All of theguyfromoverthere's Comments + Replies

Build Small Skills in the Right Order

I wonder if the same effect is had staring into someone's eyes over webcam.. The only person that I can really see trying this with is my wife and I have no problem looking into her eyes. I feel like we'd be skewed because we're so familiar with each other...

How to Beat Procrastination

I thought it was comical that I clicked the O*NET link and spent a good 10min or so on that site just to come back to the next heading which was "Handling Impulsiveness"

Well played, author! Thanks for the sequence!

Applause Lights

I was going to say this as well. Your last paragraph here is like every presidential speech that I've ever watched.

Words as Hidden Inferences

I think this is exciting. I'm going to start making my own words for groups of things. I'm a java/.net programmer so I'm used to object-oriented so it's natural for me to group things that may be used again!

Words as Hidden Inferences

I think this is in the context of somebody insisting that Socrates is human so he must be mortal.

If you are trying to prove mortality by claiming he's human, then all humans must be mortal for you to assume this.

I agree, though, that, perhaps the statement was a little vague.

1CBHacking6yReplying loooong after the fact (as you did, for that matter) but I think that's exactly the problem that the post is talking about. In logical terms, one can define a category "human" such that it carries an implication "mortal", but if one does that, one can't add things to this category until determining that they conform to the implication. The problem is, the vast majority of people don't think that way. They automatically recognize "natural" categories (including, sometimes, of unnatural things that appear similar), and they assign properties to the members of those categories, and then they assume things about objects purely on the bases of appearing to belong to that category. Suppose you encountered a divine manifestation, or a android with a fully-redundant remote copy of its "brain", or a really excellent hologram, or some other entity that presented as human but was by no conventional definition of the word "mortal". You would expect that, if shot in the head with a high-caliber rifle, it would die; that's what happens to humans. You would even, after seeing it get shot, fall over, stop breathing, cease to have a visible pulse, and so forth, conclude that it is dead.. You probably wouldn't ask this seeming corpse "are you dead?", nor would you attempt to scan its head for brain activity (medically defining "dead" today is a little tricky, but "no brain activity at all" seems like a reasonable bar). All of this is reasonable; you have no reason to expect immortal beings walking among us, or non-breathing headshot victims to be capable of speech, or anything else of that nature. These assumptions go so deep that it is hard to even say where they come from, other than "I've never heard of that outside of fiction" (which is an imperfect heurisitic; I learn of things I'd never heard about every day, and I even encountered some of the concepts in fiction before learning they really exist). Nobody acknowledges that it's a heuristic, though, and that can lead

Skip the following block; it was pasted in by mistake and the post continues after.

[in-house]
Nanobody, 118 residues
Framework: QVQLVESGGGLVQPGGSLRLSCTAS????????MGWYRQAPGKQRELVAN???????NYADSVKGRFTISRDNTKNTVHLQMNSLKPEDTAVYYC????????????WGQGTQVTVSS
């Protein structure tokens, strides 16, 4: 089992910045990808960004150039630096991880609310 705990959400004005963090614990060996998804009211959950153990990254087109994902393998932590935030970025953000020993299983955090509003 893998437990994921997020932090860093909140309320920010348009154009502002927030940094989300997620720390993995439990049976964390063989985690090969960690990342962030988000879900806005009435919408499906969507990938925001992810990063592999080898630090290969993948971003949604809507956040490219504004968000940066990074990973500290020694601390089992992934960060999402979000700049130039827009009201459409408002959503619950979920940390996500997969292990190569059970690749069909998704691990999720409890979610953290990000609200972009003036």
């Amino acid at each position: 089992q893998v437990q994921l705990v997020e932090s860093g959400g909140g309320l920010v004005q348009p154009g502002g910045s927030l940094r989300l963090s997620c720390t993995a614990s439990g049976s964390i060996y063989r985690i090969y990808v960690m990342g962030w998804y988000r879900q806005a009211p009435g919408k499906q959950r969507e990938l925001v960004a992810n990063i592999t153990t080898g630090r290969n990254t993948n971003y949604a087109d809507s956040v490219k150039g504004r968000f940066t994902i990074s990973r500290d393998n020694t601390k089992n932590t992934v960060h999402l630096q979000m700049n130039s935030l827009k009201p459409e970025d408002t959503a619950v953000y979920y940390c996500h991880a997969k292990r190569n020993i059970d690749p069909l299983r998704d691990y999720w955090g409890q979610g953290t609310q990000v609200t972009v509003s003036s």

5Autolykos5yIt's probably one of the many useful functions of the court jester :)